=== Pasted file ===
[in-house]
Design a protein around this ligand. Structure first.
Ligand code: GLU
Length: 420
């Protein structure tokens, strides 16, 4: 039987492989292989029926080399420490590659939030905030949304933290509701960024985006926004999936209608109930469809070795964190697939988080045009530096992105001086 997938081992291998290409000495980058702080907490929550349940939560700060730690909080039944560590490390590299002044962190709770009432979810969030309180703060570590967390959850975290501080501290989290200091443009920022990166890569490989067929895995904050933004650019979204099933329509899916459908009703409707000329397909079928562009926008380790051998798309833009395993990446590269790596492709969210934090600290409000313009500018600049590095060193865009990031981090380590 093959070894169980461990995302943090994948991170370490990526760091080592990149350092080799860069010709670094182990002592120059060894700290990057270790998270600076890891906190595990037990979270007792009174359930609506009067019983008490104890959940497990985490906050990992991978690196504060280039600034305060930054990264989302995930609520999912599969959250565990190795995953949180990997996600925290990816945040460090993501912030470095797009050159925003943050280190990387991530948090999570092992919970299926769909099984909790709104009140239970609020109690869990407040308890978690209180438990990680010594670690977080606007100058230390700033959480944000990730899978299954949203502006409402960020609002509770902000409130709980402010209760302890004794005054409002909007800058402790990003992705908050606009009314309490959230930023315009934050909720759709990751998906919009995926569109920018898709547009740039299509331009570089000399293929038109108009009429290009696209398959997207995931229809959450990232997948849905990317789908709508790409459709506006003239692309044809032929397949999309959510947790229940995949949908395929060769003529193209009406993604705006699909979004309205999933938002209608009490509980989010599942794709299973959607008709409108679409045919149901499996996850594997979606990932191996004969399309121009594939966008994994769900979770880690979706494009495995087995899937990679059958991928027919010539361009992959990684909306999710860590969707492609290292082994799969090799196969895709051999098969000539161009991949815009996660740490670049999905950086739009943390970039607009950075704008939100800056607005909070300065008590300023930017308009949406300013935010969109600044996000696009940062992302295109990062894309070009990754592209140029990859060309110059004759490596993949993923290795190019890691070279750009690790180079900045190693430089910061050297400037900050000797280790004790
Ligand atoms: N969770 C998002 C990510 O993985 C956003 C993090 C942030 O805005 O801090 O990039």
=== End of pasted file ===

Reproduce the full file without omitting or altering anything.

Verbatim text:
[in-house]
Design a protein around this ligand. Structure first.
Ligand code: GLU
Length: 420
């Protein structure tokens, strides 16, 4: 039987492989292989029926080399420490590659939030905030949304933290509701960024985006926004999936209608109930469809070795964190697939988080045009530096992105001086 997938081992291998290409000495980058702080907490929550349940939560700060730690909080039944560590490390590299002044962190709770009432979810969030309180703060570590967390959850975290501080501290989290200091443009920022990166890569490989067929895995904050933004650019979204099933329509899916459908009703409707000329397909079928562009926008380790051998798309833009395993990446590269790596492709969210934090600290409000313009500018600049590095060193865009990031981090380590 093959070894169980461990995302943090994948991170370490990526760091080592990149350092080799860069010709670094182990002592120059060894700290990057270790998270600076890891906190595990037990979270007792009174359930609506009067019983008490104890959940497990985490906050990992991978690196504060280039600034305060930054990264989302995930609520999912599969959250565990190795995953949180990997996600925290990816945040460090993501912030470095797009050159925003943050280190990387991530948090999570092992919970299926769909099984909790709104009140239970609020109690869990407040308890978690209180438990990680010594670690977080606007100058230390700033959480944000990730899978299954949203502006409402960020609002509770902000409130709980402010209760302890004794005054409002909007800058402790990003992705908050606009009314309490959230930023315009934050909720759709990751998906919009995926569109920018898709547009740039299509331009570089000399293929038109108009009429290009696209398959997207995931229809959450990232997948849905990317789908709508790409459709506006003239692309044809032929397949999309959510947790229940995949949908395929060769003529193209009406993604705006699909979004309205999933938002209608009490509980989010599942794709299973959607008709409108679409045919149901499996996850594997979606990932191996004969399309121009594939966008994994769900979770880690979706494009495995087995899937990679059958991928027919010539361009992959990684909306999710860590969707492609290292082994799969090799196969895709051999098969000539161009991949815009996660740490670049999905950086739009943390970039607009950075704008939100800056607005909070300065008590300023930017308009949406300013935010969109600044996000696009940062992302295109990062894309070009990754592209140029990859060309110059004759490596993949993923290795190019890691070279750009690790180079900045190693430089910061050297400037900050000797280790004790
Ligand atoms: N969770 C998002 C990510 O993985 C956003 C993090 C942030 O805005 O801090 O990039």